Mirror Pension Plan     12.5     $   562,627   0

  Supplemental Executive Retirement Plan     17.66   $   379,116   0
 

Thomas W. Handley

  Pension Plan     5         $      53,024   0

  Mirror Pension Plan     5         $      99,985   0

  Supplemental Executive Retirement Plan     19.10   $   472,658   0
 

Lawrence T. Bell

  Pension Plan     29         $   838,944   0

  Mirror Pension Plan     29         $2,130,844   0

  Supplemental Executive Retirement Plan     29         $   876,155   0
 

The Company maintains the following non-contributory defined benefit plans for its executives: (i) a tax-qualified plan (Pension Plan); (ii) a non-qualified excess plan (Mirror Pension); and (iii) a supplemental executive retirement plan (SERP). The preceding table shows the actuarial present value of the accumulated benefit for each executive officer under the Pension Plan, the Mirror Pension and the SERP as of December 31, 2008, using the same assumptions as are used for financial reporting purposes under generally accepted accounting principles by the Company, except that retirement age is assumed to be age 62, the earliest retirement age at which a participant may retire under the plans without any benefit reduction due to age. The current accrued benefit is allocated between the tax-qualified Pension Plan and the related supplemental non-qualified plans based on the Internal Revenue Code limitations applicable to tax-qualified plans as of December 31, 2008. The present value is determined by using a discount rate of 6.26% for 2008 and assuming that the executive officer (i) terminated employment on December 31, 2008 with vested benefits and (ii) commenced a retirement benefit at age 62 as a single life annuity or lump sum, if available. Pension annuities were converted to lump sums, where available, using an interest rate of 4.76% and the mortality rates defined in the Mirror Pension and SERP plans as prescribed in Revenue Ruling 2001-62. The present value of the pension single life annuity assumed mortality rates from the RP 2000 Combined Healthy table with mortality improvements projected to December 31, 2008. Cash balance benefits were valued assuming 2009 and future interest credits of 4.76% (the discount rate less 1.50%). The cash balance annuity conversion for the SERP offset used an interest rate of 5.26% (the discount rate less 1.00%) and the mortality rates prescribed by the IRS for 2008 pension lump sum calculations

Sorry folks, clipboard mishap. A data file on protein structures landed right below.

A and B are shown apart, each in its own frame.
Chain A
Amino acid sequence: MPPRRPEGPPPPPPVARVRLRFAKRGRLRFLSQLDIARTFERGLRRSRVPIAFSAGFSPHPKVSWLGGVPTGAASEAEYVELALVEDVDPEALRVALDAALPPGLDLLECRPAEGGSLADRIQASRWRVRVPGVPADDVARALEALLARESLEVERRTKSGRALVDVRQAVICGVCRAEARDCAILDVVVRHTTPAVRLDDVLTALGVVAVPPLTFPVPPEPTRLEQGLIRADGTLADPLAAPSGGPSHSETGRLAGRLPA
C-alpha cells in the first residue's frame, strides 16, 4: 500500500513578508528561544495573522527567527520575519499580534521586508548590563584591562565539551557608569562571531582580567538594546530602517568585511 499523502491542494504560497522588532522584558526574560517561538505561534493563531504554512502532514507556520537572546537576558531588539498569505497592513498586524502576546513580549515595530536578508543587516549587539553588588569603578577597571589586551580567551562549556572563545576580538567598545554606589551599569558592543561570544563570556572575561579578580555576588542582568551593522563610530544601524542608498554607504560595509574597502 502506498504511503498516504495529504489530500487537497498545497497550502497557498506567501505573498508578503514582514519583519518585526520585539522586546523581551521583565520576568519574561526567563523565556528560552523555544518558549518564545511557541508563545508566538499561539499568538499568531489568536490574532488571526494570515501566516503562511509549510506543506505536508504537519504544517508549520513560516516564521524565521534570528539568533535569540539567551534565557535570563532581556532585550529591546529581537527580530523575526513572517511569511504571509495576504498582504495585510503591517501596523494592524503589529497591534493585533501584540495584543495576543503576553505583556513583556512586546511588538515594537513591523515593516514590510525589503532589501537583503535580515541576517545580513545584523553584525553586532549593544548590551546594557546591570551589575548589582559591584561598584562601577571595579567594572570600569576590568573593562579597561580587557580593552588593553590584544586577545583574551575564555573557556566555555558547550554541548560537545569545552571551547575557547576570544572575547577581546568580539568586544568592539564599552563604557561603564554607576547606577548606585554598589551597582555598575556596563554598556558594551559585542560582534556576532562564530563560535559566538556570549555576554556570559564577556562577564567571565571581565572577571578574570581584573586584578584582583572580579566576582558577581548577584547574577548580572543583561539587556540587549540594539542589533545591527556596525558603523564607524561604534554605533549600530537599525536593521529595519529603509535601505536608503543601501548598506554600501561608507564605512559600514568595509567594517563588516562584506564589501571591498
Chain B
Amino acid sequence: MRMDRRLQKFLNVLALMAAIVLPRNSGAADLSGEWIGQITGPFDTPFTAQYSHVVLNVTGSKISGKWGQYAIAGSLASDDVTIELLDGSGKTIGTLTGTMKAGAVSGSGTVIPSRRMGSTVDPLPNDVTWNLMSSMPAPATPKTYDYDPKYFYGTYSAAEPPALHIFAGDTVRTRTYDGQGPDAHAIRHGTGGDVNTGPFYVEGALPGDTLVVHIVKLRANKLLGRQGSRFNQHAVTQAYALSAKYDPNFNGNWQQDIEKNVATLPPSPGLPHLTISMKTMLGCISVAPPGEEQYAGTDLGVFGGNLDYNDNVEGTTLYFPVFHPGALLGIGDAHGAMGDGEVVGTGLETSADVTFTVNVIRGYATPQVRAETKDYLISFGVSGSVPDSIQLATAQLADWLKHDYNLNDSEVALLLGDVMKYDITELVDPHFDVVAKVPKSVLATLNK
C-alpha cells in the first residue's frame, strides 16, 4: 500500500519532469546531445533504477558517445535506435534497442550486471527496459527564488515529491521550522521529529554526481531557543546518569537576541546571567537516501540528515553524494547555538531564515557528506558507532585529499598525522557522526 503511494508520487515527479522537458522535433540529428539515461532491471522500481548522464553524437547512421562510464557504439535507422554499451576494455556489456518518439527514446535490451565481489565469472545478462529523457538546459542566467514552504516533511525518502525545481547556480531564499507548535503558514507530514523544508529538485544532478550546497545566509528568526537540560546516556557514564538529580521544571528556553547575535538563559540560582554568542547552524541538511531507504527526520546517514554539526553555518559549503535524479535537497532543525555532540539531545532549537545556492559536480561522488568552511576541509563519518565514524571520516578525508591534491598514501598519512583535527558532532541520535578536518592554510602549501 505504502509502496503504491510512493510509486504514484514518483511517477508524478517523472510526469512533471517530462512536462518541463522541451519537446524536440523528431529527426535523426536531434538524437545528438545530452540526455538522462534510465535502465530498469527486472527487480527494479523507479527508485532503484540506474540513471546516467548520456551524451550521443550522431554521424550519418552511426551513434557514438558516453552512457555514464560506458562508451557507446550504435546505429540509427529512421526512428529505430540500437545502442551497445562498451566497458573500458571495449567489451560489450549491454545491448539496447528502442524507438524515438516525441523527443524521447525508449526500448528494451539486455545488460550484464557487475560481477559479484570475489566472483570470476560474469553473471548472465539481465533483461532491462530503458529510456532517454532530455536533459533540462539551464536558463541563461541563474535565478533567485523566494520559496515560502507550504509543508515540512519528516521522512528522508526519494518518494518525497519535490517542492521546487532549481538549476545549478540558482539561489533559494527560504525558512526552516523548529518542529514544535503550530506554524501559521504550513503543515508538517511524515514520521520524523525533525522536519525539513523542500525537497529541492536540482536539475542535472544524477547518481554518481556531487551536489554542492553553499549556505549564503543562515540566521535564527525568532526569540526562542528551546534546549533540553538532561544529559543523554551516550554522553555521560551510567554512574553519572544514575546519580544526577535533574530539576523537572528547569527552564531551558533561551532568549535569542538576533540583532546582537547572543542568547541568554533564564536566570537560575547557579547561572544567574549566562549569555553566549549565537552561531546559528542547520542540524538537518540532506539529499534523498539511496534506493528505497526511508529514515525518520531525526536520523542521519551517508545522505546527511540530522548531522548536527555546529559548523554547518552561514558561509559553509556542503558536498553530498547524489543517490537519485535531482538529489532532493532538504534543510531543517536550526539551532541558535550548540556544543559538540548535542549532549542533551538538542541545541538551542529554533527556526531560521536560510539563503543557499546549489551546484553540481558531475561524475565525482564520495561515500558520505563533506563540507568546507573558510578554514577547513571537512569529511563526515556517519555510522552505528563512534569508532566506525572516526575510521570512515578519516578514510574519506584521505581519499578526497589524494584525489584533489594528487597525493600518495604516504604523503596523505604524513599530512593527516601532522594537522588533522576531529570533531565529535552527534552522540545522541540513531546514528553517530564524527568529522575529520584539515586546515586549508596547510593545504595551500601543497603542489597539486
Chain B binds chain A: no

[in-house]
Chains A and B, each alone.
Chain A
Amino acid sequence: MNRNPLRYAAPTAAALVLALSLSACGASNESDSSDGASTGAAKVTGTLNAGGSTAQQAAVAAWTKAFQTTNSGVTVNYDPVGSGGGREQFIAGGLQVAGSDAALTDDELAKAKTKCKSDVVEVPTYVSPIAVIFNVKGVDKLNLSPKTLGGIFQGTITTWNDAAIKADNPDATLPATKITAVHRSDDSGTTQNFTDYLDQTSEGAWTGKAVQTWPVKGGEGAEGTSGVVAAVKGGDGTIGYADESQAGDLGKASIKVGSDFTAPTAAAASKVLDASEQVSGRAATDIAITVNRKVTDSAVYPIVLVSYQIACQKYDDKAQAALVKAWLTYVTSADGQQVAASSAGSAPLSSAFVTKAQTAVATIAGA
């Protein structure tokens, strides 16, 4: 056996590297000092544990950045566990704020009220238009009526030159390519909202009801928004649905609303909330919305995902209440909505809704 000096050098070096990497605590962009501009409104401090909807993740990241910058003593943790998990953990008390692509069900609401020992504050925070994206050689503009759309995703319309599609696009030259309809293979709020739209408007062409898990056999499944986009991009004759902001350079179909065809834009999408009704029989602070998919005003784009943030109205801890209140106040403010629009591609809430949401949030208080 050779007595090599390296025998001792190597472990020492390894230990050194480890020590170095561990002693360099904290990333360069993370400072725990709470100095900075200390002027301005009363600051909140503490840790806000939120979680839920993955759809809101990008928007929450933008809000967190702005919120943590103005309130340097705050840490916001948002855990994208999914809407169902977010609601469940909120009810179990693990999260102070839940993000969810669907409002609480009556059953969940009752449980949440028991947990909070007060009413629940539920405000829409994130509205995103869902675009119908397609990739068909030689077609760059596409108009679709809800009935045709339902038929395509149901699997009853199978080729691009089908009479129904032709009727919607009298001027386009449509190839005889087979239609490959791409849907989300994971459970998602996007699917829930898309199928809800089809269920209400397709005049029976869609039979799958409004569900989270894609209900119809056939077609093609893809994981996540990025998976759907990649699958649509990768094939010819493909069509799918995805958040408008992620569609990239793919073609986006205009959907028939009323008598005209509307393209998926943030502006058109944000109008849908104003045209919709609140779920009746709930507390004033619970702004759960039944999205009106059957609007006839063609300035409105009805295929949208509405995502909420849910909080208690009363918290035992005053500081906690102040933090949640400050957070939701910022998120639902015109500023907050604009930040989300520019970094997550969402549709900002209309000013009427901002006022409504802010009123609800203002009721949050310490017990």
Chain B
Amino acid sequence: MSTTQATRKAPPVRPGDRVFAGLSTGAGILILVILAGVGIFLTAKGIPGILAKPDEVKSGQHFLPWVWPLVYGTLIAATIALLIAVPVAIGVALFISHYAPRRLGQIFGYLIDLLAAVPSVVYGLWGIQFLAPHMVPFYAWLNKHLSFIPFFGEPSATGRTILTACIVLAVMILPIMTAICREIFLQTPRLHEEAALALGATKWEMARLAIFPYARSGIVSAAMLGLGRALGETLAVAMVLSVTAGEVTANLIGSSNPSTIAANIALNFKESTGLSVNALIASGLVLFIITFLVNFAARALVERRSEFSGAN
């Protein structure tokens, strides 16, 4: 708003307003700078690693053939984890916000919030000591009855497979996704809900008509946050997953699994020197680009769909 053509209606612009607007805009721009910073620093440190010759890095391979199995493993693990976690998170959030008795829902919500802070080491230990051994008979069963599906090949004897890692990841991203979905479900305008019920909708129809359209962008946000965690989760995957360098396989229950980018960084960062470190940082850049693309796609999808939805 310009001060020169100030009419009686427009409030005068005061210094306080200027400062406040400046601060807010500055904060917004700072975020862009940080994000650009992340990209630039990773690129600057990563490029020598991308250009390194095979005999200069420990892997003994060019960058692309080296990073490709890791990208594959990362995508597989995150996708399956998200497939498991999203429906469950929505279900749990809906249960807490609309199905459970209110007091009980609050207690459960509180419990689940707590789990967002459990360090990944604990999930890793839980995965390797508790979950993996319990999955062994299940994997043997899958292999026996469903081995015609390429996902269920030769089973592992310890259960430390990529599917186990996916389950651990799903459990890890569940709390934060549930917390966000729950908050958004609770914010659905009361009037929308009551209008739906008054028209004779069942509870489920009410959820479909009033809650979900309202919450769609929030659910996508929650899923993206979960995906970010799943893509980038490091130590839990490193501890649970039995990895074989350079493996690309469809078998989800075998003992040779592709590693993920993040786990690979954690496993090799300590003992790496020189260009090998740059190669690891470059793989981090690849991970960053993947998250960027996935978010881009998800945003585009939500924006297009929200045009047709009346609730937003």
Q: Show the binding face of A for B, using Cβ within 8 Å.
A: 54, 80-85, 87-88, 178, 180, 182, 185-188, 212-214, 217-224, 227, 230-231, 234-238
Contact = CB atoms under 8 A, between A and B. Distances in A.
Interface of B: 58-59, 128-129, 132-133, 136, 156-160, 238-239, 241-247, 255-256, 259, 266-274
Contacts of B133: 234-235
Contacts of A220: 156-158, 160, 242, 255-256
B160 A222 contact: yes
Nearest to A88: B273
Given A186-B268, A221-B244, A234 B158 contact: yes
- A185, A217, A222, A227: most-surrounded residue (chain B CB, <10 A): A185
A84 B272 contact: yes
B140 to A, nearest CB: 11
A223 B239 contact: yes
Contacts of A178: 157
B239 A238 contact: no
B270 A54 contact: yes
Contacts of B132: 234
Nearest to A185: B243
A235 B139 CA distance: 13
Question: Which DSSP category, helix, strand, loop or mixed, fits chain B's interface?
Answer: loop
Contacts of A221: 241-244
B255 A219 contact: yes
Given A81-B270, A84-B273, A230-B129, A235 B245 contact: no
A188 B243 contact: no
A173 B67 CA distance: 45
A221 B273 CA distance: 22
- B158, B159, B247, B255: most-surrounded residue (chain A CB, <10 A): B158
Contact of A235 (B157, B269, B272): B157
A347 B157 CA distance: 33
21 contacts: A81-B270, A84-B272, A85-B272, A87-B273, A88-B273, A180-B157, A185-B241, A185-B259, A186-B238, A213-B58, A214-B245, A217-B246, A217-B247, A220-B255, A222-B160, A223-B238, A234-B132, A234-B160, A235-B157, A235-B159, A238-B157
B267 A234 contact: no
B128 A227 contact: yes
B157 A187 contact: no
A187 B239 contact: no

The Pension Plan is a tax-qualified defined benefit plan covering most U.S. employees of the Company and its U.S. affiliates. It is intended to provide long-service employees a foundation for retirement benefits in the form of regular income. Participants hired prior to January 1, 2003, including each of the named executive officers, except Mr. Handley, earn monthly pension benefits under the following formula ("traditional formula"): 1/12 of the sum of (a) years of credited service times 1% of "final average compensation" plus (b) years of credited service (not exceeding 35) times 0.45% of "final average compensation" minus "covered compensation." "Final average compensation" is the average of the participant's annual compensation for the five consecutive calendar years that produce the highest average,